Just as Pittsburgh Steelers fans across the globe were starting to become optimistic about the direction of the Steelers’ offense was headed with the newly brandished no huddle offense that was so successful against the Detroit Lions, they are now faced with the reality that is today’s modern NFL. Simply put, don’t expect the Steelers to run the no huddle as their primary offense.
At Mike Tomlin‘s press conference this week he talked about how the modern NFL game has changed teams’ approaches to offensive schemes like the no huddle. Technology with cameras suspended over the field, microphones riddling the sidelines and opposition’s ability to see and hear things that weren’t capable even five years ago were reasons given as to why it is difficult to sustain a no huddle offense in today’s game.
This technology hinders a team’s ability to keep their calls and signals the same from week to week, and the constant change in signals can lead to communication issues and wasted time on preparation.
When I hear things of this nature as a reason to not employ a scheme that has given the team a level of success that hasn’t been seen so far this year, I can’t help but call B.S. on the situation.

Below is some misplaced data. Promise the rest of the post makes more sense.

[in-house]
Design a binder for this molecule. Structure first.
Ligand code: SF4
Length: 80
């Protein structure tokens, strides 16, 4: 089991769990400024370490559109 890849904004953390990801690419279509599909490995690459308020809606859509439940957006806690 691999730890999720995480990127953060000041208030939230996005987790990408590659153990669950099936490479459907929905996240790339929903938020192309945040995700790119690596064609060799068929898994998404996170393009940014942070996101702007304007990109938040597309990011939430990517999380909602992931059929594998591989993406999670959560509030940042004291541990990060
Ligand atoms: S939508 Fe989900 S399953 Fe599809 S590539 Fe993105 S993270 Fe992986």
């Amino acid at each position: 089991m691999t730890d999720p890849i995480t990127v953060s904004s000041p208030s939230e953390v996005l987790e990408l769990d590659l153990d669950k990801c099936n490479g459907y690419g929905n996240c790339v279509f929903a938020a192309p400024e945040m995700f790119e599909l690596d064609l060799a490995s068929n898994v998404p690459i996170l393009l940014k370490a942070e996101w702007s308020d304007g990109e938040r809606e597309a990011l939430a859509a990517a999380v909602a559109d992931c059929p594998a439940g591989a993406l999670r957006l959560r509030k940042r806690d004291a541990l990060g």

In my opinion, you do whatever it takes to make the team be as successful as possible. If that means the offense has to change their calls every week, combine packages and plays, or they have to adjust their overall scheme to be successful then that is exactly what you do.
Baseball teams have to adjust their calls for 162 games, and there are just as many cameras and microphones at MLB ballparks as there are in NFL stadiums. Yet a football team that has a week to prepare for one opponent cannot make the necessary adjustments to be sure the team is prepared?
That falls on the coaching staff and the players if that is unable to happen. The Steelers had scored 19 first quarter points the entire season, and they scored 17 against the Lions last week. The team had their highest point total of the season scoring 37 points and their cleanest passing performance of the season with Ben Roethlisberger throwing for 367 yards with four touchdowns and no interceptions.
If the Steelers don’t use the no huddle as their primary offense then that is a huge mistake. Regardless of technology, the opponent’s ability to steal possible signals from you, and the time it would take to mix up those signals week to week, you do what it takes to make sure you are successful.
The Steelers’ offense was dismal until this past Sunday when the no huddle offense brought a glimmer of hope to the team and their fan base. Plain and simple, leaning on shoddy excuses for not using it would be a major misstep by those in charge.
Jeff Hartman covers the Pittsburgh Steelers for RantSports.com and also contributes for the Penguins and Pirates. Follow him on Twitter @BnGBlitz